How many times has Border’s or Barnes and Nobe offered to have a book shipped you that wasn’t in stock. I’ve always declined since if I’m going to mail order it I might as well get the discount by buying it from Amazon.

  • http://chicagozoner.blogspot.com Cal

    Exactly Skate. I would like an example of a product that I don’t already buy online, that I couldn’t get cheaper elsewhere and take home that day to show me the benefits/discounts. I can’t think of one.

  • JohnnyL

    I believe quite a few of you are missing the point. I got the impression that this mall would be for brand items that normally could be bought online only from a single website. This way you could actually see and feel something before ordering. Too many of you are still operating in the old dichotomy of keeping your online/at home in front of the computer activities separate from your out of the house activities. For the right items, I’d have no problem going to an online mall to see the merchandise first.

  • Skate

    “Too many of you are still operating in the old dichotomy of keeping your online/at home in front of the computer activities separate from your out of the house activities.”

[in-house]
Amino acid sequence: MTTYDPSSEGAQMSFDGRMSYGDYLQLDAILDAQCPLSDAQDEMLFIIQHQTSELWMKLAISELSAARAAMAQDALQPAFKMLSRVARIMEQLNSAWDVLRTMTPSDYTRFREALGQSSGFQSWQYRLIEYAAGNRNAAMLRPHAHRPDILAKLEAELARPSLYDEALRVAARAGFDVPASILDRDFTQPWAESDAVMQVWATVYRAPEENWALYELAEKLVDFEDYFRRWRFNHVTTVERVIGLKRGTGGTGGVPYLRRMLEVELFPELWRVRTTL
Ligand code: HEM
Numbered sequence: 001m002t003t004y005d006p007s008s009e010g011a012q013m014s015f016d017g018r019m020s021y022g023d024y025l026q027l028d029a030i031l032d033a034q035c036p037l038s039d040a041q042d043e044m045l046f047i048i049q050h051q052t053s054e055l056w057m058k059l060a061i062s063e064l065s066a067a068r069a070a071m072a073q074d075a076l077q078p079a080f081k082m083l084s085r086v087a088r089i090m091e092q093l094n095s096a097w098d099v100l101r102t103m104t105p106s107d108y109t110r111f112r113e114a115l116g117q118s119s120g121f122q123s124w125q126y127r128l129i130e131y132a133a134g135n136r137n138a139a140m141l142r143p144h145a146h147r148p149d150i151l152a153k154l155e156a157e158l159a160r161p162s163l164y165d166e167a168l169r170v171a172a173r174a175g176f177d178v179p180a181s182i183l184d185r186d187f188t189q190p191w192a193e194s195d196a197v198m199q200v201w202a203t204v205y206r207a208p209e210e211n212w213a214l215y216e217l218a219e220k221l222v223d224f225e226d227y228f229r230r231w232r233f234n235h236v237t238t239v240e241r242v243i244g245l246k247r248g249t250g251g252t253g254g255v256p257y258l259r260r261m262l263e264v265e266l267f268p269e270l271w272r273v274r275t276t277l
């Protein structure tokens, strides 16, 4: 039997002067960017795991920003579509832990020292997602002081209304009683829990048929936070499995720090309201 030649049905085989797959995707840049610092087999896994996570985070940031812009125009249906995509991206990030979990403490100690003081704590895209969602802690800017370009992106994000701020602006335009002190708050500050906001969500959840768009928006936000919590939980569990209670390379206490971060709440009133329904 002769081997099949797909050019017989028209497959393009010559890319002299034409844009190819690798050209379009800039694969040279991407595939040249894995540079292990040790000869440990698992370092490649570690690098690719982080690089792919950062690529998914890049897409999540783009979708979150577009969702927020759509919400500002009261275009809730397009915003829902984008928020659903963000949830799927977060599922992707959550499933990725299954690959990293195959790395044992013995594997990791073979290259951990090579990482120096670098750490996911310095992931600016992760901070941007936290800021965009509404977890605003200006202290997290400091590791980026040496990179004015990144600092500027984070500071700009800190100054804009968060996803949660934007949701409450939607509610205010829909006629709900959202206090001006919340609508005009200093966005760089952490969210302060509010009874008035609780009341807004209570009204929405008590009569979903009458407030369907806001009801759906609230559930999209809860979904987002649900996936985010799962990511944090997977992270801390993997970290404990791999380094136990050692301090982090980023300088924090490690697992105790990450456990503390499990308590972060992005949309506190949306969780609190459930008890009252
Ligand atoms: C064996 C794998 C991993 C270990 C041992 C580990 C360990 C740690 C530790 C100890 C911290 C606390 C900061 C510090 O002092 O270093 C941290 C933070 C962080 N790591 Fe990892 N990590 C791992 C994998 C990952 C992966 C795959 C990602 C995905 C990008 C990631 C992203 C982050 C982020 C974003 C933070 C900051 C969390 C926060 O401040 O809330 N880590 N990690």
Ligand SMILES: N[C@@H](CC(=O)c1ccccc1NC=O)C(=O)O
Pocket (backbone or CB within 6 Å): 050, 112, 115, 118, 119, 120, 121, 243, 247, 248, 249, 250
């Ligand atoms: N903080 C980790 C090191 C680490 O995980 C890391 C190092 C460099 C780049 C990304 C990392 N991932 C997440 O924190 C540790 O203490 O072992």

I’d argue that this is not an “old dichotomy” but the current one. I can’t tell you what will work best for you, I can only say this idea does nothing for me and provides only hassle, not benefit, for me.
    Arguing over it is fun, but the real proof will be the market. I predict failure.

  • http://www.firstfloortrees.com Mike

    Haven’t there been stores like this for some time? Like furniture stores? How is this new at all?

  • Ryan Booth

    My wife and I were shopping in the mall last week, and she wanted a certain pair of shoes for our daughter at the Gap. They were out of stock in her size, so the clerk ordered it online for us and we had the shoes two days later. Sometimes it’s not a problem to wait for the UPS guy.